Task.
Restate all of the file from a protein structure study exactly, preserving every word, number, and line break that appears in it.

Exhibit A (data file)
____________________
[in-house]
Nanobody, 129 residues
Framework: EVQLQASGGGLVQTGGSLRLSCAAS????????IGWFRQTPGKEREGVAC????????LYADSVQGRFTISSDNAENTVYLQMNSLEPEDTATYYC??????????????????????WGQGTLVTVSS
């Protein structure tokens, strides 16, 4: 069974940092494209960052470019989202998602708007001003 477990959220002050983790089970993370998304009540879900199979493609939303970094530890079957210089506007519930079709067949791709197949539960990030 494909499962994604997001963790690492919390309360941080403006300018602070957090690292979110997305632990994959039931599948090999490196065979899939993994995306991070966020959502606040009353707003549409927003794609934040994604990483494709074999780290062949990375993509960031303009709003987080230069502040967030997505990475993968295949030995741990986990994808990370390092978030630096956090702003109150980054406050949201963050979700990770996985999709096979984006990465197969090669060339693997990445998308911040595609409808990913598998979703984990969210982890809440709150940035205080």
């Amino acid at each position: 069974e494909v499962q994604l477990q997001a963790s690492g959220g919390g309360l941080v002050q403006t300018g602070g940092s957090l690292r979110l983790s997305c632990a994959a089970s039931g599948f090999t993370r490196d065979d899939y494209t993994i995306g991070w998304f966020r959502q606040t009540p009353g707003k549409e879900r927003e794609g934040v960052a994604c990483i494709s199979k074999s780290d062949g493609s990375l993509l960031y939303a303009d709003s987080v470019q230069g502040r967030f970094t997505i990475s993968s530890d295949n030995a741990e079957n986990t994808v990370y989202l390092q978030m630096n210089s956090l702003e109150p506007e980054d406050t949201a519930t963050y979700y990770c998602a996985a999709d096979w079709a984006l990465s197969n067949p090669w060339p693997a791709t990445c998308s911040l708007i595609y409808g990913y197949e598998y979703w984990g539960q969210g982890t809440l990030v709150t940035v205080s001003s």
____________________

[in-house]
Nanobody, 129 residues
Framework: EVQLQASGGGLVQTGGSLRLSCAAS????????IGWFRQTPGKEREGVAC????????LYADSVQGRFTISSDNAENTVYLQMNSLEPEDTATYYC??????????????????????WGQGTLVTVSS
């Protein structure tokens, strides 16, 4: 069974940092494209960052470019989202998602708007001003 477990959220002050983790089970993370998304009540879900199979493609939303970094530890079957210089506007519930079709067949791709197949539960990030 494909499962994604997001963790690492919390309360941080403006300018602070957090690292979110997305632990994959039931599948090999490196065979899939993994995306991070966020959502606040009353707003549409927003794609934040994604990483494709074999780290062949990375993509960031303009709003987080230069502040967030997505990475993968295949030995741990986990994808990370390092978030630096956090702003109150980054406050949201963050979700990770996985999709096979984006990465197969090669060339693997990445998308911040595609409808990913598998979703984990969210982890809440709150940035205080």
């Amino acid at each position: 069974e494909v499962q994604l477990q997001a963790s690492g959220g919390g309360l941080v002050q403006t300018g602070g940092s957090l690292r979110l983790s997305c632990a994959a089970s039931g599948f090999t993370r490196d065979d899939y494209t993994i995306g991070w998304f966020r959502q606040t009540p009353g707003k549409e879900r927003e794609g934040v960052a994604c990483i494709s199979k074999s780290d062949g493609s990375l993509l960031y939303a303009d709003s987080v470019q230069g502040r967030f970094t997505i990475s993968s530890d295949n030995a741990e079957n986990t994808v990370y989202l390092q978030m630096n210089s956090l702003e109150p506007e980054d406050t949201a519930t963050y979700y990770c998602a996985a999709d096979w079709a984006l990465s197969n067949p090669w060339p693997a791709t990445c998308s911040l708007i595609y409808g990913y197949e598998y979703w984990g539960q969210g982890t809440l990030v709150t940035v205080s001003s």